Becoming a Designer
Once your design utility belt is firmly buckled and your tool kit fully equipped, it’s time to determine how to actually tackle the job of becoming a designer. There’s no certification exam to pass or credentials to acquire, but there are many classes to enroll in (for a fee) and even some universities offering to teach the trade of design; but are they worth your time and money?
If you’re young and either in college or about to head off to it, by all means enter a program that’s focused on design and product creation, even if it’s not specifically geared toward the development of mobile apps. There’s a great deal of benefit to be derived from going through a full college or trade-school program on how to become highly proficient in computer software creation.
But if your college years have passed you by or the cost or time required for a full course load is daunting, there’s a nearly endless supply of free information available on the Internet that can help you become more adept at this craft.
Currently, most mobile app designers are either self-taught or have some background in computer engineering or another traditional visual design field. Eventually, though, the leaders of the industry five, ten, or twenty years from now will have gone through some post-high school program focused on software development.
Another way to hone your skills or grow your knowledge base is something often discussed by those looking to get into the world of app development: conferences. There’s certainly no shortage of events, ranging anywhere from a day to a week in length, vying for developers’ time and dollars. These sessions are often quite expensive, but they remain one of the only ways a programmer or designer can spend hours upon hours listening to or talking with titans of the industry.
Based on personal experience, conferences offer the opportunity to draw from a wealth of knowledge and enjoy a healthy dose of much-needed social interaction and networking. The face-to-face benefits of a conference cannot be understated, especially in the tech industry. Many mobile developers work alone at home or at small companies of two to three people and each one is perhaps the only person in town with such a hobby or profession. Thus, conferences offer a valuable opportunity to foster camaraderie between people with similar interests, providing both inspiration and motivation.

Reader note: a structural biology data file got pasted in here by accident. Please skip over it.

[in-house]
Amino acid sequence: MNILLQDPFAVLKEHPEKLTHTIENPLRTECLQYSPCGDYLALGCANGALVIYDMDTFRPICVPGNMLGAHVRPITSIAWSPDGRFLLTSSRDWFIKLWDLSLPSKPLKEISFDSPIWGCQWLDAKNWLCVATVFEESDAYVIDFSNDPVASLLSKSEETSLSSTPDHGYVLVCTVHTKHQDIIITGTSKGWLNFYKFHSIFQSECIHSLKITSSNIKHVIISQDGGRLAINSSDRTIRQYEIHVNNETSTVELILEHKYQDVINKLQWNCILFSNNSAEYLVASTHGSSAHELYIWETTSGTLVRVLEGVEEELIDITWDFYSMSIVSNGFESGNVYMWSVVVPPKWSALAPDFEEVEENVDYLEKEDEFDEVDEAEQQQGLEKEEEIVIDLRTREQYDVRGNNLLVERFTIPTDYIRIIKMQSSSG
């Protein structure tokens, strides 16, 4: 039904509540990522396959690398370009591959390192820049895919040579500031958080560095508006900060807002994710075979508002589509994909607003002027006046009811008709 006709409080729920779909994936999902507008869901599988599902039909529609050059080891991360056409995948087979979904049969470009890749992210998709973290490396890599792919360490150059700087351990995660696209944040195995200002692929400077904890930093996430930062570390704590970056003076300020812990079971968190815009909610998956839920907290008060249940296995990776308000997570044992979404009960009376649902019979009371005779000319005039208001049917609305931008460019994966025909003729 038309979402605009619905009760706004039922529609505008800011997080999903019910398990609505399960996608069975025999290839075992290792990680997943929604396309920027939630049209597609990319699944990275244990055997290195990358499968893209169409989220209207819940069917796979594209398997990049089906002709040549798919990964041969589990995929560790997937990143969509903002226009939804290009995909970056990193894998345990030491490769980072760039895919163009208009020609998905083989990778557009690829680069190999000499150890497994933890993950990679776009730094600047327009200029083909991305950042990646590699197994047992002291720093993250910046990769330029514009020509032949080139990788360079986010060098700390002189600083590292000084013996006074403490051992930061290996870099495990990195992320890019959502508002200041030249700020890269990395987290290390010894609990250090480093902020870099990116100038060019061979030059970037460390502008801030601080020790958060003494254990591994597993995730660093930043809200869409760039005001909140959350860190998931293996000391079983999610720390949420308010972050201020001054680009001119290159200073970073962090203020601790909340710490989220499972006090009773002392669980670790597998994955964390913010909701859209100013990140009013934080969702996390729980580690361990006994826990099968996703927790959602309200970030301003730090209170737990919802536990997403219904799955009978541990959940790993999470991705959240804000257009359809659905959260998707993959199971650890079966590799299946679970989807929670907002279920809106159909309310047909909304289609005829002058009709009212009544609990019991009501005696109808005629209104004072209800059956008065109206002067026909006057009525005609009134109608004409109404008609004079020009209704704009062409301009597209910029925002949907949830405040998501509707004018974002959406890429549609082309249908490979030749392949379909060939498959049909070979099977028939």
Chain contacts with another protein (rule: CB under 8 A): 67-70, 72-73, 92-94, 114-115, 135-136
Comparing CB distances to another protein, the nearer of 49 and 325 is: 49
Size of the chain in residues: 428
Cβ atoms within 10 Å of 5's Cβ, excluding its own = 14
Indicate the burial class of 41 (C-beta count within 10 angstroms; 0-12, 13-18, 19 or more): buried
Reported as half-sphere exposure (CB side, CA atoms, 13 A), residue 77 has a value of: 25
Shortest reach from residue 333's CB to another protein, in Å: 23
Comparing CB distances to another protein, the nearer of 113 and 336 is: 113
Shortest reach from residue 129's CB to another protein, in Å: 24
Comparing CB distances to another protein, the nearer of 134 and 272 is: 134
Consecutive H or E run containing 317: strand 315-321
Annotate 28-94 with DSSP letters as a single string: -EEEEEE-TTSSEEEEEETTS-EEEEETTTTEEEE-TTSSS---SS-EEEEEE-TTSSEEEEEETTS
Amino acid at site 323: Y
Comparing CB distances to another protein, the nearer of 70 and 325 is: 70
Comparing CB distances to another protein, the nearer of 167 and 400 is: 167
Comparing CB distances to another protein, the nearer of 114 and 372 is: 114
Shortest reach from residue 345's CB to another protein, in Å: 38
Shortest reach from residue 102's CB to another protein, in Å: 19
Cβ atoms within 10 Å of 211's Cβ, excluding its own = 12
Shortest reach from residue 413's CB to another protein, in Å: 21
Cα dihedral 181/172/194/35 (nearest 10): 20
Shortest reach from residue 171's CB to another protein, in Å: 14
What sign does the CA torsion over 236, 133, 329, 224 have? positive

With many conferences making audio and video of lectures and roundtable discussions available via the Internet, though, any technical expertise gained by attending in person becomes less and less valuable. If you’re paying your own way to an event, aim for the ones that are most affordable—something in line with what you’d spend on a short and cheap weekend getaway. Look at conferences as the entree of establishing friendships and interacting with individuals with shared passions that just happens to come with a side dish of learning. Don’t break the bank on pricey conferences, and you won’t be saddled with overeater’s remorse the day after.